Five UC San Diego Bioengineers Named 2012 Siebel Scholars
- Daniel Kane
- Daniel Kane
Five bioengineering Ph.D. students from the University of California, San Diego whose research is aimed at improving human health are among the 2012 recipients of the annual Siebel Scholars awards. Selected for their outstanding academic performance and leadership, each student receives a $35,000 fellowship during the final year of their studies.
“We are proud to support the Siebel Scholars Class of 2012 as they collaborate and forge lifelong ties with this engaged community of leaders,” said Karen Roter Davis, executive director of the Siebel Scholars Foundation. “They are joining an exceptional group of talented individuals working together with the Siebel Foundation to address critical societal issues in health, food and energy.”
The five new Siebel Scholars from the UC San Diego Jacobs School of Engineering are part of the Department of Bioengineering, which ranks 1st in the nation for biomedical engineering, according to the 2010 National Research Council (NRC) rankings.
With the 2012 class of Siebel Scholars, 85 new scholars join an ever-growing, lifelong community of leaders. Today, 700 Siebel Scholars are active in a program that fosters leadership, academic achievement and the collaborative search for solutions to the world’s most pressing problems.
UC San Diego Siebel Scholars: Class of 2012
Bioengineering grad student Jessica DeQuach. Photo Credit: UC San Diego Jacobs School of Engineering.
Jessica DeQuach develops tissue specific matrices for injectable tissue engineering scaffolds to treat ischemia in the brain, skeletal muscle, and heart and cell culture coatings for stem cell and progenitor differentiation. This research has led to four patent applications in addition to a start-up company founded by bioengineering professor Karen Christman. DeQuach is a member of Christman’s Biomaterials & Regenerative Medicine Lab.
After she completes her Ph.D., DeQuach plans to help commercialize her research for a year before pursuing a postdoctoral fellowship in the field of drug delivery. Ultimately, DeQuach hopes to become a professor in bioengineering to develop new ways to heal patients, collaborate with engineers and physicians, and mentor the next generation of scientists.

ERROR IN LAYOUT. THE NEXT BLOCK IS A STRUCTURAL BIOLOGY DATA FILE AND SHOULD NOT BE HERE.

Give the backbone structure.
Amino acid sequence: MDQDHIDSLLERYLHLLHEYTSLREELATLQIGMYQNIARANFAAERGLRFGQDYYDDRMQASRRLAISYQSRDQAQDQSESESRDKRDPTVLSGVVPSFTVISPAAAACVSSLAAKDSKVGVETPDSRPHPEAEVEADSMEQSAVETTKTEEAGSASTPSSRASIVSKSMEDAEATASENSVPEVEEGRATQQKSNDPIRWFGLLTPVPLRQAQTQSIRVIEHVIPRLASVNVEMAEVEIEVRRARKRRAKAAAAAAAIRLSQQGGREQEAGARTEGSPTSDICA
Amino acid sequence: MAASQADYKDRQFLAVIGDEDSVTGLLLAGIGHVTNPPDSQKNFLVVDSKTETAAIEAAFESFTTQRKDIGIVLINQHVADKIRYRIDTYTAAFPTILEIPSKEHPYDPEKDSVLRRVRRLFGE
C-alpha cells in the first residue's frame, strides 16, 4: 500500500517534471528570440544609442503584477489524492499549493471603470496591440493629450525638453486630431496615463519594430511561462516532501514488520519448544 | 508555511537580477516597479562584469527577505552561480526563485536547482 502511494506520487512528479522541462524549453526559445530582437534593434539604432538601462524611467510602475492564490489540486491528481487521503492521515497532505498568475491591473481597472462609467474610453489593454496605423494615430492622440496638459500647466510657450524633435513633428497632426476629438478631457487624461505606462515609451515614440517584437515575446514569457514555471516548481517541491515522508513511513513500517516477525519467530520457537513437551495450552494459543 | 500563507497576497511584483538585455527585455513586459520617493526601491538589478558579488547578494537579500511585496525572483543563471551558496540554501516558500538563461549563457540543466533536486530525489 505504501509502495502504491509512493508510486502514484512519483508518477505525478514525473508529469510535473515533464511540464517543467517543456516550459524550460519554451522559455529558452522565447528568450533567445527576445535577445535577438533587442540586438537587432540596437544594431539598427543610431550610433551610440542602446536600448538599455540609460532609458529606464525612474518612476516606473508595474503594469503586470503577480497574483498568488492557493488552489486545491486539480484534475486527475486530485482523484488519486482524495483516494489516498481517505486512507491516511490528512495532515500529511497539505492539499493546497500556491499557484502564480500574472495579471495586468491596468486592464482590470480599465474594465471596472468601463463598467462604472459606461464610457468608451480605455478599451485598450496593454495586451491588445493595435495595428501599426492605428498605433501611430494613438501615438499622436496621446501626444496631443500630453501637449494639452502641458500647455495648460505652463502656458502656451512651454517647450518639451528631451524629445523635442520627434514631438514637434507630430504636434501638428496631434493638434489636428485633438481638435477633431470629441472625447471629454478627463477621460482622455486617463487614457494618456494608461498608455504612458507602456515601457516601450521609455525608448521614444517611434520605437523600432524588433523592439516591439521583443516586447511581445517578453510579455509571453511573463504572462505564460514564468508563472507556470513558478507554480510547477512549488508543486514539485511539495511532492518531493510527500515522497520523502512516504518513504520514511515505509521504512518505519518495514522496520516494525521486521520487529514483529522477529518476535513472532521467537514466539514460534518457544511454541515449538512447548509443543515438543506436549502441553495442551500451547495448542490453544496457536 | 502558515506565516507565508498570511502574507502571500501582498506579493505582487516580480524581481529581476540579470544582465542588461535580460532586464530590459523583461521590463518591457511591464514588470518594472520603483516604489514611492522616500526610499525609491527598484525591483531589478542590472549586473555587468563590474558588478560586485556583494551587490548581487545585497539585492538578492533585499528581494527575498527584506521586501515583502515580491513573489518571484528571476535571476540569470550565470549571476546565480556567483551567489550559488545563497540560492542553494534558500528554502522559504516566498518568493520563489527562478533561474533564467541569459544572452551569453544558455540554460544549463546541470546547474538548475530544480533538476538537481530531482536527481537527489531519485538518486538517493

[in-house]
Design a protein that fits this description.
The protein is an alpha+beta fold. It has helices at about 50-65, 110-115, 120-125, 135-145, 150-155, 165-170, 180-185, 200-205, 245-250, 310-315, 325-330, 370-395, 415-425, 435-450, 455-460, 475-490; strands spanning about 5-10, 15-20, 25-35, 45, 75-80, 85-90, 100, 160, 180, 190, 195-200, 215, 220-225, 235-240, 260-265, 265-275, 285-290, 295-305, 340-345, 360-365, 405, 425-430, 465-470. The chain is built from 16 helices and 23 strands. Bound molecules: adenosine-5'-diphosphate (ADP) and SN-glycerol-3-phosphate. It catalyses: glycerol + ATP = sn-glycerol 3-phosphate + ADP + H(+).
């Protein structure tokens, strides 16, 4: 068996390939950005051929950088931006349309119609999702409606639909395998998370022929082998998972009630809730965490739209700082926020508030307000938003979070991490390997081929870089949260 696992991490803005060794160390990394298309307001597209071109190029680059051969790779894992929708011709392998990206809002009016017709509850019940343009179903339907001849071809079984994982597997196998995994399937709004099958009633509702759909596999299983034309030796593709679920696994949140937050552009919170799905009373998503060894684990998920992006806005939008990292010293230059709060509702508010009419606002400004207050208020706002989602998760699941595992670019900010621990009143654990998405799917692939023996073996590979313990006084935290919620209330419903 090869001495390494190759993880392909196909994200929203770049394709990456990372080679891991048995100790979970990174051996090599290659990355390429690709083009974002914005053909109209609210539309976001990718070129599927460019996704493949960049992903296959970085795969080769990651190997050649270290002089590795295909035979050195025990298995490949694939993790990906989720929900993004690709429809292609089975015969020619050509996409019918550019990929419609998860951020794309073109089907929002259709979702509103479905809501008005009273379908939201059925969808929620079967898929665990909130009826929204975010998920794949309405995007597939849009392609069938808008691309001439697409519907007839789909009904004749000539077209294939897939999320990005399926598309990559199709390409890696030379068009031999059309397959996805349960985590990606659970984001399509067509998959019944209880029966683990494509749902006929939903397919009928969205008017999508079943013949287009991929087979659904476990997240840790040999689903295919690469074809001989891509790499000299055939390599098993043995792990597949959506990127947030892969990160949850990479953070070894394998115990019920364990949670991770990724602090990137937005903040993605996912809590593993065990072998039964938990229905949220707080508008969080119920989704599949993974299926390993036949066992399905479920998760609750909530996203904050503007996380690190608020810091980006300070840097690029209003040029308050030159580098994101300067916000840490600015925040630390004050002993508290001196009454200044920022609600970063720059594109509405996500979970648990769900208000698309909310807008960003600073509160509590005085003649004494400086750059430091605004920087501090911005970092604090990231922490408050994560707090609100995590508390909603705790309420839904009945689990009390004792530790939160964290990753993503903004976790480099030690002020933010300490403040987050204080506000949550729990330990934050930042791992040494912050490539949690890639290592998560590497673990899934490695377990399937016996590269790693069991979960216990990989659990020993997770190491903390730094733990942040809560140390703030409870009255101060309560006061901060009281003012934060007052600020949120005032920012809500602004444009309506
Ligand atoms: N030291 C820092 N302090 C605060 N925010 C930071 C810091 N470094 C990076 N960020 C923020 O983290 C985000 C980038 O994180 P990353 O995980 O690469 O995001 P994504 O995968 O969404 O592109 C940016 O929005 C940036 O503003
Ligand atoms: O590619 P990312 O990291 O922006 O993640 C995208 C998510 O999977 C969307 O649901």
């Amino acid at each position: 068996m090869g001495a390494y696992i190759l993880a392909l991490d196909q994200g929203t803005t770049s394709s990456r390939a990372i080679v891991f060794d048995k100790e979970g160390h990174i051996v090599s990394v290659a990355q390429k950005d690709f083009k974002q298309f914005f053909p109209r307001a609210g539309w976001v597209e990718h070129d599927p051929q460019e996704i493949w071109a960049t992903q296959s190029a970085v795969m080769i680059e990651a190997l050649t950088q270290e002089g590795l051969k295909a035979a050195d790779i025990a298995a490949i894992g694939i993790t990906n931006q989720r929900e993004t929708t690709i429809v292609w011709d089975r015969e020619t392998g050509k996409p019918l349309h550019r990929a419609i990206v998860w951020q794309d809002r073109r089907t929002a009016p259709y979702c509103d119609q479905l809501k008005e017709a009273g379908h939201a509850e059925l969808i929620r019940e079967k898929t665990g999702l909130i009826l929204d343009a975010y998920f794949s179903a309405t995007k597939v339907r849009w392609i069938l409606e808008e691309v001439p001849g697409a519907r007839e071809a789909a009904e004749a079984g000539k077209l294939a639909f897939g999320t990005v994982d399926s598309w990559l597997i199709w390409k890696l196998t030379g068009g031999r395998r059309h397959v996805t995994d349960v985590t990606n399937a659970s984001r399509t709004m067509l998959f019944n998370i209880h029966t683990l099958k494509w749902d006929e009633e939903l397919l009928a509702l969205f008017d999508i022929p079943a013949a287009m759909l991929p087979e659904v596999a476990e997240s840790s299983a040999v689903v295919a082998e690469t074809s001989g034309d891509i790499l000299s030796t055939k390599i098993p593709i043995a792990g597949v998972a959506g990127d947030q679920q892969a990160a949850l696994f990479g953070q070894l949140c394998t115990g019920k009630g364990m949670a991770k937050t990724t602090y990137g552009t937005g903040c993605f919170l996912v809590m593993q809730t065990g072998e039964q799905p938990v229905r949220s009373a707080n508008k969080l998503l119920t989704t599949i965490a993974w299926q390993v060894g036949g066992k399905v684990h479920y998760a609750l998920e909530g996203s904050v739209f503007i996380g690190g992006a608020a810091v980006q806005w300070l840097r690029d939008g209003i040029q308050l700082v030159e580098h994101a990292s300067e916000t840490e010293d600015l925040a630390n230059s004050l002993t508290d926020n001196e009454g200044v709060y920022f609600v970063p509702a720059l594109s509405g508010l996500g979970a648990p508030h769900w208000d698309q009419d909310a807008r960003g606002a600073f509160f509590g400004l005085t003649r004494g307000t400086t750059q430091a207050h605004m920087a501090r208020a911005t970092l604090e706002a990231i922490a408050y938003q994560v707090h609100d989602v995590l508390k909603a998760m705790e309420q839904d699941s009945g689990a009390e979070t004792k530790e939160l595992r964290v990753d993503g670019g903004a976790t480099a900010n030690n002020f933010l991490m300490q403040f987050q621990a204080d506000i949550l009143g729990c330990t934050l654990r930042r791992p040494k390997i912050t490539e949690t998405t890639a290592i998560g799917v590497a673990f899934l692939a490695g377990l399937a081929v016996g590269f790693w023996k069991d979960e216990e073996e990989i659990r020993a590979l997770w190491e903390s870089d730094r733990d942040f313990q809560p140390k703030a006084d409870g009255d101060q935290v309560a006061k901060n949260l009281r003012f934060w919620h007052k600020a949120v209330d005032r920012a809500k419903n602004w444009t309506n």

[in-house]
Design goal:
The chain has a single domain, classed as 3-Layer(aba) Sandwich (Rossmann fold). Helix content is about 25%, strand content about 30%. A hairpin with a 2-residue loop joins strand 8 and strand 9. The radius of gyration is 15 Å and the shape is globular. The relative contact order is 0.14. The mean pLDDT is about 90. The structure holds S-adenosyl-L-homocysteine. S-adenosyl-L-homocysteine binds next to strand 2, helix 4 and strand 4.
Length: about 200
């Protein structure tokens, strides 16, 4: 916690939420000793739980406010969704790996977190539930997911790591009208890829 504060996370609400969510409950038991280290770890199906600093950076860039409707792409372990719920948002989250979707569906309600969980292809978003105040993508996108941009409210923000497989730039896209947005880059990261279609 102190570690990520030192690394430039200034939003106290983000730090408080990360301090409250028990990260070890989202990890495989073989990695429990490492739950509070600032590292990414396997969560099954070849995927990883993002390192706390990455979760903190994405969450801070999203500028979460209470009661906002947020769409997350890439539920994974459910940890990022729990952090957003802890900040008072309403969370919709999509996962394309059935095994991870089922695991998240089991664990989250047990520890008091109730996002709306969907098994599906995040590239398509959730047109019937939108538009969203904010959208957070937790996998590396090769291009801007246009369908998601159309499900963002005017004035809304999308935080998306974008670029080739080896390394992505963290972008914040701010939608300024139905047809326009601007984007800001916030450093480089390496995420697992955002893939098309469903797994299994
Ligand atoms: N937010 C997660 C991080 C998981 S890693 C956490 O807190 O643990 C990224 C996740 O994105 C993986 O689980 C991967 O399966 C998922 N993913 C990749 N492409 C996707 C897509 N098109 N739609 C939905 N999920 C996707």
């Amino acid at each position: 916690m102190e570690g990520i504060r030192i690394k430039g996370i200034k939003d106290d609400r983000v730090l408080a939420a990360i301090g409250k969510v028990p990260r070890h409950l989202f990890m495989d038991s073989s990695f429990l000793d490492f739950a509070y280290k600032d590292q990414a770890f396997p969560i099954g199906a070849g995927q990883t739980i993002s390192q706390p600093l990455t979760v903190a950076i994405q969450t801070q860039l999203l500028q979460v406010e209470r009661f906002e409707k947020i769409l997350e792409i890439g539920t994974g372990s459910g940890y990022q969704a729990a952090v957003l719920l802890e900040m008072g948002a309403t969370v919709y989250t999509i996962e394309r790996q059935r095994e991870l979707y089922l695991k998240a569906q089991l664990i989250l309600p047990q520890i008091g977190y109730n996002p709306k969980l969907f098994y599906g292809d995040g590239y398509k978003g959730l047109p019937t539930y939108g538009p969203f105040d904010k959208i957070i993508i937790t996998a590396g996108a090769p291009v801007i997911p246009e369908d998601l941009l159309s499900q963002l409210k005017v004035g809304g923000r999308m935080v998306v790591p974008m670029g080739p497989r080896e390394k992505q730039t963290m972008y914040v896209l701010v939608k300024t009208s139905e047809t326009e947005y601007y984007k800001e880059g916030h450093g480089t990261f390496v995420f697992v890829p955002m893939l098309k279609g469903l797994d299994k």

Outside of research, she co-chaired both the annual Graduate Research Symposium and Bioengineering Day, a networking event between students, faculty, alumni and industry that celebrates research in the department.
DeQuach also helped lead a team of bioengineering students that participated in the Inaugural USA Science & Engineering Festival in Washington, D.C. The team explained to children how heart valves work in the circulatory system.
DeQuach is also a recipient of the 2011 Mary Ann Liebert, Inc. Outstanding Student Award from the Tissue Engineering and Regenerative Medicine Society (TERMIS) which is awarded to one graduate student in the nation per year.
Che-Ming Jack Hu
Grad student Che-Ming Jack Hu in the Zhang Research Lab. Photo Credit: UC San Diego Jacobs School of Engineering.
Che-Ming Jack Hu focuses primarily on the development of nanotechology platforms and anticancer nanomedicine. Hu is fascinated by the complexities of biological systems and their implications to nanoscale engineering. These interests have inspired Hu to seek creative ways to incorporate biological entities with synthetic nanomaterials. His innovations and research efforts are most notably found in his work on disguising nanoparticles as red blood cells to evade the body’s immune system and deliver cancer-fighting drugs, which was published last June in the Proceedings of the National Academy of Sciences (read the press release from the Jacobs School).
In the Nanomaterials & Nanomedicine Laboratory led by Liangfang Zhang, a professor in the Department of NanoEngineering at the Jacobs School of Engineering and UC San Diego Moores Cancer Center, Hu has contributed authorship to 10 peer-reviewed publications. What motivates Hu most is the possibility of translating his research to practical solutions. He is excited that his work on nanoparticle-based combination therapy has been granted a U.S. patent and was recently licensed. By applying novel nanotechnology approaches to the continuing development of drug delivery, Hu hopes to take part in the collective effort on the fight against cancer.
“The recognition from the Siebel Foundation makes me believe more strongly in myself and in what I do,” says Hu, who aspires to become a professor in the field of bioengineering.
Grad student Dan Kagan. Photo Credit: UC San Diego Jacobs School of Engineering.
Dan Kagan crafts nano-scale rockets that can detect cancer cells, isolate proteins and provide targeted drug delivery. Kagan is a Ph.D. student in professor Joseph Wang’s Laboratory for Nanobioelectronics in the Department of NanoEngineering at the Jacobs School of Engineering.